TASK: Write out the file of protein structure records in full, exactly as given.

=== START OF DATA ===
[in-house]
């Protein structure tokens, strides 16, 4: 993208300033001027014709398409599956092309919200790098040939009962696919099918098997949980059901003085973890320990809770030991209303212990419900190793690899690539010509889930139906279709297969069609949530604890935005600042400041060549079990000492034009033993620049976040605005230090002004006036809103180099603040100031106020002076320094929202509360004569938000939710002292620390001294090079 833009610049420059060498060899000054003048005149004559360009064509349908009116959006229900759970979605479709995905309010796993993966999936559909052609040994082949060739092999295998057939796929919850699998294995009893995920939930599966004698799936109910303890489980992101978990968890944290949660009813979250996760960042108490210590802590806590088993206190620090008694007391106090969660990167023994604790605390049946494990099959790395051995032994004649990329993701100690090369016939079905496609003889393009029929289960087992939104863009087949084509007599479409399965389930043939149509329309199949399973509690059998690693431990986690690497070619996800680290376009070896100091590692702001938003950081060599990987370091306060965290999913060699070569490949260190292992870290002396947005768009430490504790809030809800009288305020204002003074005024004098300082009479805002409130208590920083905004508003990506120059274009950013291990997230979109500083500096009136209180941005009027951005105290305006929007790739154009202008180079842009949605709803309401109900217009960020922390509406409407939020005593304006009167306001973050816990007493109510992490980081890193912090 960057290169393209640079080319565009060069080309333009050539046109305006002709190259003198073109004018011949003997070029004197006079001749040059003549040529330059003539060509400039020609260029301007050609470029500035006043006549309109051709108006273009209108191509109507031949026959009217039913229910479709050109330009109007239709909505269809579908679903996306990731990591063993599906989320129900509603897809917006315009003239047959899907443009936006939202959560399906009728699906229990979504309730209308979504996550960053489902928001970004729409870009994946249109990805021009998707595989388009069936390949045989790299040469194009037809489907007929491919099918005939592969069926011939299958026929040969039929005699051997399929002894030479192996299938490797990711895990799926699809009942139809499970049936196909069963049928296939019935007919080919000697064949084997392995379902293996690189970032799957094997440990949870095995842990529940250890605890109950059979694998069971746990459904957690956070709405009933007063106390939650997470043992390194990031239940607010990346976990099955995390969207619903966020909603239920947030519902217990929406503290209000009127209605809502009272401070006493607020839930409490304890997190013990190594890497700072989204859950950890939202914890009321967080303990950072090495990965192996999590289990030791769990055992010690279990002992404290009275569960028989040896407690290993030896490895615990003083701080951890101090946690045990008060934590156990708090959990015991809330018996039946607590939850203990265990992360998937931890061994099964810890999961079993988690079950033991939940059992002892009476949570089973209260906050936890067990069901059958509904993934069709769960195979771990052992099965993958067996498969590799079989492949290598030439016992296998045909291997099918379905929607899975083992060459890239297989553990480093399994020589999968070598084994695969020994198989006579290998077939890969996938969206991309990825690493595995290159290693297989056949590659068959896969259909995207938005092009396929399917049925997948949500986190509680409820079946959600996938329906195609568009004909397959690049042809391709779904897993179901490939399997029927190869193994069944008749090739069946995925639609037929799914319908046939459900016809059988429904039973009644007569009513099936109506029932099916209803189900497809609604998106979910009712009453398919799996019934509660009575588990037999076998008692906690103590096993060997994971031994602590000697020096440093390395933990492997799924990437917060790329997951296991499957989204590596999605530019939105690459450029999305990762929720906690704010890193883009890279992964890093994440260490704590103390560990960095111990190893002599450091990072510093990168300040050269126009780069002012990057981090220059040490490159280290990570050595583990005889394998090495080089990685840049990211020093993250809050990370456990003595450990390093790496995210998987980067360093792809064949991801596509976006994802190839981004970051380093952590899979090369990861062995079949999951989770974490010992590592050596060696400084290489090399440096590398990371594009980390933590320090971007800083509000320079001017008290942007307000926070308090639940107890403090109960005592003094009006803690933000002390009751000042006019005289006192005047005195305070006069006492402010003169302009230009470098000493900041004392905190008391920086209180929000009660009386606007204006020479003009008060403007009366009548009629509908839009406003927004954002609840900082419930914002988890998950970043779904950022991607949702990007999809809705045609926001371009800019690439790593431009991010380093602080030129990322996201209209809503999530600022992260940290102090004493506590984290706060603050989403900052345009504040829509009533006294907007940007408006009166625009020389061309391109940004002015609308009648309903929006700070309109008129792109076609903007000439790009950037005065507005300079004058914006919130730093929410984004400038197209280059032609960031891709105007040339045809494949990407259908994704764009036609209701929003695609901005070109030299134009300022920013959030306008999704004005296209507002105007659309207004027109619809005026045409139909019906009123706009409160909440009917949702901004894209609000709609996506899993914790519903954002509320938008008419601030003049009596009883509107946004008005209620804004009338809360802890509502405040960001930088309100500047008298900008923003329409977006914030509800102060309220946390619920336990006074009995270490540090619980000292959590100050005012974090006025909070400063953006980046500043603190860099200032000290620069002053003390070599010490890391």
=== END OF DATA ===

[in-house]
């Protein structure tokens, strides 16, 4: 993208300033001027014709398409599956092309919200790098040939009962696919099918098997949980059901003085973890320990809770030991209303212990419900190793690899690539010509889930139906279709297969069609949530604890935005600042400041060549079990000492034009033993620049976040605005230090002004006036809103180099603040100031106020002076320094929202509360004569938000939710002292620390001294090079 833009610049420059060498060899000054003048005149004559360009064509349908009116959006229900759970979605479709995905309010796993993966999936559909052609040994082949060739092999295998057939796929919850699998294995009893995920939930599966004698799936109910303890489980992101978990968890944290949660009813979250996760960042108490210590802590806590088993206190620090008694007391106090969660990167023994604790605390049946494990099959790395051995032994004649990329993701100690090369016939079905496609003889393009029929289960087992939104863009087949084509007599479409399965389930043939149509329309199949399973509690059998690693431990986690690497070619996800680290376009070896100091590692702001938003950081060599990987370091306060965290999913060699070569490949260190292992870290002396947005768009430490504790809030809800009288305020204002003074005024004098300082009479805002409130208590920083905004508003990506120059274009950013291990997230979109500083500096009136209180941005009027951005105290305006929007790739154009202008180079842009949605709803309401109900217009960020922390509406409407939020005593304006009167306001973050816990007493109510992490980081890193912090 960057290169393209640079080319565009060069080309333009050539046109305006002709190259003198073109004018011949003997070029004197006079001749040059003549040529330059003539060509400039020609260029301007050609470029500035006043006549309109051709108006273009209108191509109507031949026959009217039913229910479709050109330009109007239709909505269809579908679903996306990731990591063993599906989320129900509603897809917006315009003239047959899907443009936006939202959560399906009728699906229990979504309730209308979504996550960053489902928001970004729409870009994946249109990805021009998707595989388009069936390949045989790299040469194009037809489907007929491919099918005939592969069926011939299958026929040969039929005699051997399929002894030479192996299938490797990711895990799926699809009942139809499970049936196909069963049928296939019935007919080919000697064949084997392995379902293996690189970032799957094997440990949870095995842990529940250890605890109950059979694998069971746990459904957690956070709405009933007063106390939650997470043992390194990031239940607010990346976990099955995390969207619903966020909603239920947030519902217990929406503290209000009127209605809502009272401070006493607020839930409490304890997190013990190594890497700072989204859950950890939202914890009321967080303990950072090495990965192996999590289990030791769990055992010690279990002992404290009275569960028989040896407690290993030896490895615990003083701080951890101090946690045990008060934590156990708090959990015991809330018996039946607590939850203990265990992360998937931890061994099964810890999961079993988690079950033991939940059992002892009476949570089973209260906050936890067990069901059958509904993934069709769960195979771990052992099965993958067996498969590799079989492949290598030439016992296998045909291997099918379905929607899975083992060459890239297989553990480093399994020589999968070598084994695969020994198989006579290998077939890969996938969206991309990825690493595995290159290693297989056949590659068959896969259909995207938005092009396929399917049925997948949500986190509680409820079946959600996938329906195609568009004909397959690049042809391709779904897993179901490939399997029927190869193994069944008749090739069946995925639609037929799914319908046939459900016809059988429904039973009644007569009513099936109506029932099916209803189900497809609604998106979910009712009453398919799996019934509660009575588990037999076998008692906690103590096993060997994971031994602590000697020096440093390395933990492997799924990437917060790329997951296991499957989204590596999605530019939105690459450029999305990762929720906690704010890193883009890279992964890093994440260490704590103390560990960095111990190893002599450091990072510093990168300040050269126009780069002012990057981090220059040490490159280290990570050595583990005889394998090495080089990685840049990211020093993250809050990370456990003595450990390093790496995210998987980067360093792809064949991801596509976006994802190839981004970051380093952590899979090369990861062995079949999951989770974490010992590592050596060696400084290489090399440096590398990371594009980390933590320090971007800083509000320079001017008290942007307000926070308090639940107890403090109960005592003094009006803690933000002390009751000042006019005289006192005047005195305070006069006492402010003169302009230009470098000493900041004392905190008391920086209180929000009660009386606007204006020479003009008060403007009366009548009629509908839009406003927004954002609840900082419930914002988890998950970043779904950022991607949702990007999809809705045609926001371009800019690439790593431009991010380093602080030129990322996201209209809503999530600022992260940290102090004493506590984290706060603050989403900052345009504040829509009533006294907007940007408006009166625009020389061309391109940004002015609308009648309903929006700070309109008129792109076609903007000439790009950037005065507005300079004058914006919130730093929410984004400038197209280059032609960031891709105007040339045809494949990407259908994704764009036609209701929003695609901005070109030299134009300022920013959030306008999704004005296209507002105007659309207004027109619809005026045409139909019906009123706009409160909440009917949702901004894209609000709609996506899993914790519903954002509320938008008419601030003049009596009883509107946004008005209620804004009338809360802890509502405040960001930088309100500047008298900008923003329409977006914030509800102060309220946390619920336990006074009995270490540090619980000292959590100050005012974090006025909070400063953006980046500043603190860099200032000290620069002053003390070599010490890391």